New York Jets head coach Rex Ryan will ultimately decide who starts at quarterback for Gang Green in 2014, but one of Michael Vick's former Philadelphia Eagles teammates has an inkling on how the competition will play out.
According to Bart Hubbuch of the New York Post, Eagles running back LeSean McCoy believes Vick is far superior to second-year man Geno Smith:
Smith had his ups and downs as a rookie last season, but the Jets managed to finish with a respectable .500 record. Even so, New York decided to bring in some competition in the form of Vick, who was signed to a one-year deal worth $5 million.
The investment in Vick is minimal; however, the dividends could be huge.
He has struggled with injuries throughout his career—he's only made it through all 16 games once in 11 seasons—but Vick is still a capable signal-caller when healthy. Though it's been a while, he racked up nearly 3,700 total yards and 30 touchdowns in just 12 starts in 2010.
It is possible that such production has passed him by now that he is 33 years of age (and he'll be 34 once the 2014 season starts), but he is an established guy, while Smith has yet to prove he can be a long-term NFL starter.
"That's the big question, and that's the only thing," McCoy said of Vick's ability to avoid injury. "The thing here was, he didn't lose his job -- he just got hurt and lost his job to injury. But as far as who's the better quarterback, he's way better than Geno Smith. That's obvious."
In addition to that, McCoy lauded his former QB's leadership ability and revealed that Vick was able to restore locker room harmony in the wake of wide receiver Riley Cooper's controversial racial comments.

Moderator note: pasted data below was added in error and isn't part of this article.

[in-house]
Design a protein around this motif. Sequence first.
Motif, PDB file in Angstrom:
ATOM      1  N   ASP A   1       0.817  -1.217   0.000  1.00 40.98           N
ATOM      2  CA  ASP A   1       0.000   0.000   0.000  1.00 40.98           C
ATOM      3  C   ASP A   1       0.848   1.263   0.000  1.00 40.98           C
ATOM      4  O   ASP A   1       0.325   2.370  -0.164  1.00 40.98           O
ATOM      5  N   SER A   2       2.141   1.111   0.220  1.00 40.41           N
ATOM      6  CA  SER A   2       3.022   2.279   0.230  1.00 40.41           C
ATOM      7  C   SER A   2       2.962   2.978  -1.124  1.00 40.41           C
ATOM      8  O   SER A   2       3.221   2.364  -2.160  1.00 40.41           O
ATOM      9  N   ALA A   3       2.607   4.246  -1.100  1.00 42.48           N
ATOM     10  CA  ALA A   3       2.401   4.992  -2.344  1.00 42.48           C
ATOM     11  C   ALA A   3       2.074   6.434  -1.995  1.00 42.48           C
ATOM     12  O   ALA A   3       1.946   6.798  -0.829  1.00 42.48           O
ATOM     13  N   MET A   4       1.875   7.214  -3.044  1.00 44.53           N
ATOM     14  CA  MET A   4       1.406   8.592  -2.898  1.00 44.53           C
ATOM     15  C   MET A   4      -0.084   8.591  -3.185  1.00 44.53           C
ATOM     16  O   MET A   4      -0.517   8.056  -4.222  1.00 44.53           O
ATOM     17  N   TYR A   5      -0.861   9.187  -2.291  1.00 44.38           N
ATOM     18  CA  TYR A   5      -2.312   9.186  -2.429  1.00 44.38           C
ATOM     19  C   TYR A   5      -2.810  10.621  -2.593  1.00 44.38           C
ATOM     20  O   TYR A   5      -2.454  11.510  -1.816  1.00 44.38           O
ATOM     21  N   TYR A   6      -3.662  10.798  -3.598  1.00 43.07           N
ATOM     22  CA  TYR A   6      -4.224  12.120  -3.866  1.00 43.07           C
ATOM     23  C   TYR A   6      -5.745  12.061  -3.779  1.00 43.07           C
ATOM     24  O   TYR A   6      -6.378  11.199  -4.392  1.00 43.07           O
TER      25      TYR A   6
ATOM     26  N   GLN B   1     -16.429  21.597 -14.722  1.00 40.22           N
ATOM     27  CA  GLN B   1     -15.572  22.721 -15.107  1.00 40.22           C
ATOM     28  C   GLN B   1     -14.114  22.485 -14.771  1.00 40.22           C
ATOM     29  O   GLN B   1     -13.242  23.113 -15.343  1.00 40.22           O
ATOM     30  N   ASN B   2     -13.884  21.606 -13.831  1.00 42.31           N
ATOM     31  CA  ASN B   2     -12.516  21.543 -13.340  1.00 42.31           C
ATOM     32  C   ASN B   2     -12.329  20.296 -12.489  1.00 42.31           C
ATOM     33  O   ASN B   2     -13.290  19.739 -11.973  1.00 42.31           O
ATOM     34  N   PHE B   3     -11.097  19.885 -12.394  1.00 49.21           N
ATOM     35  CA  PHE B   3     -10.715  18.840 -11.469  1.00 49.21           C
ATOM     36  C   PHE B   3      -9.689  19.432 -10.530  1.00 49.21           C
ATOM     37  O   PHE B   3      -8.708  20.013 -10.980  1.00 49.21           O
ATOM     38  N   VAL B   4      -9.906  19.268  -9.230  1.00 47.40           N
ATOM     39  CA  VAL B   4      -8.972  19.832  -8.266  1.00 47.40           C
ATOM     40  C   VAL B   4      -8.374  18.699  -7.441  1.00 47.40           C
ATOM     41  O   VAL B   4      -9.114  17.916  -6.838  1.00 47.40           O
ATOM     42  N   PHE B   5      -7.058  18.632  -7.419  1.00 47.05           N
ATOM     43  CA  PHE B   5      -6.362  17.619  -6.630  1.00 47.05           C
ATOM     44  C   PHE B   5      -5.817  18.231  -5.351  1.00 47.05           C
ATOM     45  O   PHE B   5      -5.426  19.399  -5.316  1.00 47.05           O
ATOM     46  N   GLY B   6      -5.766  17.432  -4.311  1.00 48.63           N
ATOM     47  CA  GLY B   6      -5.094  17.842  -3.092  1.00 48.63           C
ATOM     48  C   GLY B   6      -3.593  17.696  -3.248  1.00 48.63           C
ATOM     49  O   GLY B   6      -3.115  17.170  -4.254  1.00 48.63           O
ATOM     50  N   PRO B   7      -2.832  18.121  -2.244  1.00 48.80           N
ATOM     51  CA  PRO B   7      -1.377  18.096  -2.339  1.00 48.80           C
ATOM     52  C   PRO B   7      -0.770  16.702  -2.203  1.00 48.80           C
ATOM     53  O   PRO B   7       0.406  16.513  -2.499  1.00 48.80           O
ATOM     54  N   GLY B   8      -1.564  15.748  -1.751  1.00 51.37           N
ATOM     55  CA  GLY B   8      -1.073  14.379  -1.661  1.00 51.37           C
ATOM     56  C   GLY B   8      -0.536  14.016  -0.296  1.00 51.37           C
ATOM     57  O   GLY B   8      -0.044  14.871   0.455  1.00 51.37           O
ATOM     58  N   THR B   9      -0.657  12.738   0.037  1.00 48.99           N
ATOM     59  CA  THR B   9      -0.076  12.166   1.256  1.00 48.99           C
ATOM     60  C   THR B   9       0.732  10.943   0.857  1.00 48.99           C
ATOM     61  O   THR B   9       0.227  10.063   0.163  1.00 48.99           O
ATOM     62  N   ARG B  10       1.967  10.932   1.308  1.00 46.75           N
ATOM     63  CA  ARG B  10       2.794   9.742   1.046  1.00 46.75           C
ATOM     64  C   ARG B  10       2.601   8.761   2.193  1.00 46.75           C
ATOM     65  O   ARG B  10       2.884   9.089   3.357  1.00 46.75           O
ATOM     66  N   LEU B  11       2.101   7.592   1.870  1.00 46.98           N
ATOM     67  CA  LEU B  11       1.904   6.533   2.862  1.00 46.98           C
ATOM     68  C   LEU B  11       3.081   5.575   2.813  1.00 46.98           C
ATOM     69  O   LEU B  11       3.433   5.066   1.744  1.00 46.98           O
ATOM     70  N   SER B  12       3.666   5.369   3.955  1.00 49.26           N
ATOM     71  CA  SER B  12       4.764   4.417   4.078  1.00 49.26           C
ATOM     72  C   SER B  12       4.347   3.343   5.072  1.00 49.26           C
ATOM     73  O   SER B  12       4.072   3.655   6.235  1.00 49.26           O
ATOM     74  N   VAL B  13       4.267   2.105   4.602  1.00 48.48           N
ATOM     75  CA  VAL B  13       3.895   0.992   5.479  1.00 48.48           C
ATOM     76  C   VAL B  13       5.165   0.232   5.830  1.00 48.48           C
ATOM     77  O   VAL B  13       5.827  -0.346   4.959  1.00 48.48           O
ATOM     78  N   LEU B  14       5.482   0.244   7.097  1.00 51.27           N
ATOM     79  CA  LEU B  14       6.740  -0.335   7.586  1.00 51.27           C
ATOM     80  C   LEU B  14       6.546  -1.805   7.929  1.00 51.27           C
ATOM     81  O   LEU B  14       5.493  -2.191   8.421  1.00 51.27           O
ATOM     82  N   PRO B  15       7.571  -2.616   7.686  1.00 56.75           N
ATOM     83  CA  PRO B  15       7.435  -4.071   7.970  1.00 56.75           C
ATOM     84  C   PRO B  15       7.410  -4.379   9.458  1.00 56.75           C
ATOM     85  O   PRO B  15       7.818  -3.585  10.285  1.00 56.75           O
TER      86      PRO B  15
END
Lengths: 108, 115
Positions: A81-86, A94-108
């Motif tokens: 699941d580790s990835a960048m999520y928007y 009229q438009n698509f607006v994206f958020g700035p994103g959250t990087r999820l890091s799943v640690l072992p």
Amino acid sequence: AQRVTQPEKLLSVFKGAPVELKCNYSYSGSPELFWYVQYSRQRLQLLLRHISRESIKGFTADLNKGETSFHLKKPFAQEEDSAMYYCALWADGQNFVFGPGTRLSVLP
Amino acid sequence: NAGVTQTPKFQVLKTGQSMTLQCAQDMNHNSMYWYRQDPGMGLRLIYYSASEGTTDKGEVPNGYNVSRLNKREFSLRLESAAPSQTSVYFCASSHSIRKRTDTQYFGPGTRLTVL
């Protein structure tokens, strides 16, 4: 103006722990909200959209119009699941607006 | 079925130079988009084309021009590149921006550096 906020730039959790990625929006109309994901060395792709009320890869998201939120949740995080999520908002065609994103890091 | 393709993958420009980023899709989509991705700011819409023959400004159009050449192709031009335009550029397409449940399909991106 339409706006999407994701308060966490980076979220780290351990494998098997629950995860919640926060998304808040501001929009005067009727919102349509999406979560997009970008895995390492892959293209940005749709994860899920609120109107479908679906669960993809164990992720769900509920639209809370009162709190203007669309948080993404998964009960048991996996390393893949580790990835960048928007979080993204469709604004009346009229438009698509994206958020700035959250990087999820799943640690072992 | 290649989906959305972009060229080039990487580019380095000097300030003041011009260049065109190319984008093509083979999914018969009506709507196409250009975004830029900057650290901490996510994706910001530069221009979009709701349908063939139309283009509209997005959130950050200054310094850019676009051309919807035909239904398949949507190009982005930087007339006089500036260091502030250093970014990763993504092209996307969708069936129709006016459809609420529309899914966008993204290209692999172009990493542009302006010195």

"He'll definitely be a leader in the locker room," McCoy said. "Who smoothed over a lot of that Riley Cooper incident? Mike Vick, a great player who's been through some negative moments and is now positive about it. He's a great (veteran), and he’ll help the team out in that way."
McCoy's thoughts are somewhat surprising since players generally don't comment on the personnel situations of other teams, but it is tough to argue with his premise. Among those who agree with him is Kevin Seifert of ESPN.com:
The jury is still out on Smith, 23, so it wouldn't be fair to write him off as a failure yet, but Vick has proven to be a productive player when not hampered by injuries.
Vick's capability of staying healthy is obviously a big "if" at this juncture in his career, although it was a risk worth taking for a Jets team that struggled mightily on offense at times in 2013.
McCoy is one of the best and most explosive offensive players in football, so his opinion certainly carries some weight. He obviously feels as though he was positively impacted by Vick's presence, and it says a lot that he continues to go to bat for Vick even though they are no longer teammates.
Vick will have to perform well in training camp and during the preseason in order to prove McCoy right, but he could very well beat out Smith in New York this season.
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